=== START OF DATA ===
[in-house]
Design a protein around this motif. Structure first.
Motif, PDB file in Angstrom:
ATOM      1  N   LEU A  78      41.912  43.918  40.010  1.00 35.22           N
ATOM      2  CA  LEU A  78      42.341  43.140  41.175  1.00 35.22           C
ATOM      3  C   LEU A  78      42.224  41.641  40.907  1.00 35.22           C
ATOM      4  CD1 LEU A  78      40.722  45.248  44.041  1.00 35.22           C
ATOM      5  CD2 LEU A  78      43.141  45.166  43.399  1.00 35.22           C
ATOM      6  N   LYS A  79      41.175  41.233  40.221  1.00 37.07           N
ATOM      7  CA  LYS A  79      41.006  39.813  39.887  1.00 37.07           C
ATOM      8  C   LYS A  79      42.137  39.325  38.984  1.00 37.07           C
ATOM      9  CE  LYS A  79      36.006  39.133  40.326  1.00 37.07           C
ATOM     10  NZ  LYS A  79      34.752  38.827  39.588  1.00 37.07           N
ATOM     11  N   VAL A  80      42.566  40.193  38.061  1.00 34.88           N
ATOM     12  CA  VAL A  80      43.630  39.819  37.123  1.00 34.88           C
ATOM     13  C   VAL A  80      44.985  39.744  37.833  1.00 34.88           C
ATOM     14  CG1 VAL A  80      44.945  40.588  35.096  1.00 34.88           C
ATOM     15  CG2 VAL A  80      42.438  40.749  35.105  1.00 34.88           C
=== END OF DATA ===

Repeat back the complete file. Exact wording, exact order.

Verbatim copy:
[in-house]
Design a protein around this motif. Structure first.
Motif, PDB file in Angstrom:
ATOM      1  N   LEU A  78      41.912  43.918  40.010  1.00 35.22           N
ATOM      2  CA  LEU A  78      42.341  43.140  41.175  1.00 35.22           C
ATOM      3  C   LEU A  78      42.224  41.641  40.907  1.00 35.22           C
ATOM      4  CD1 LEU A  78      40.722  45.248  44.041  1.00 35.22           C
ATOM      5  CD2 LEU A  78      43.141  45.166  43.399  1.00 35.22           C
ATOM      6  N   LYS A  79      41.175  41.233  40.221  1.00 37.07           N
ATOM      7  CA  LYS A  79      41.006  39.813  39.887  1.00 37.07           C
ATOM      8  C   LYS A  79      42.137  39.325  38.984  1.00 37.07           C
ATOM      9  CE  LYS A  79      36.006  39.133  40.326  1.00 37.07           C
ATOM     10  NZ  LYS A  79      34.752  38.827  39.588  1.00 37.07           N
ATOM     11  N   VAL A  80      42.566  40.193  38.061  1.00 34.88           N
ATOM     12  CA  VAL A  80      43.630  39.819  37.123  1.00 34.88           C
ATOM     13  C   VAL A  80      44.985  39.744  37.833  1.00 34.88           C
ATOM     14  CG1 VAL A  80      44.945  40.588  35.096  1.00 34.88           C
ATOM     15  CG2 VAL A  80      42.438  40.749  35.105  1.00 34.88           C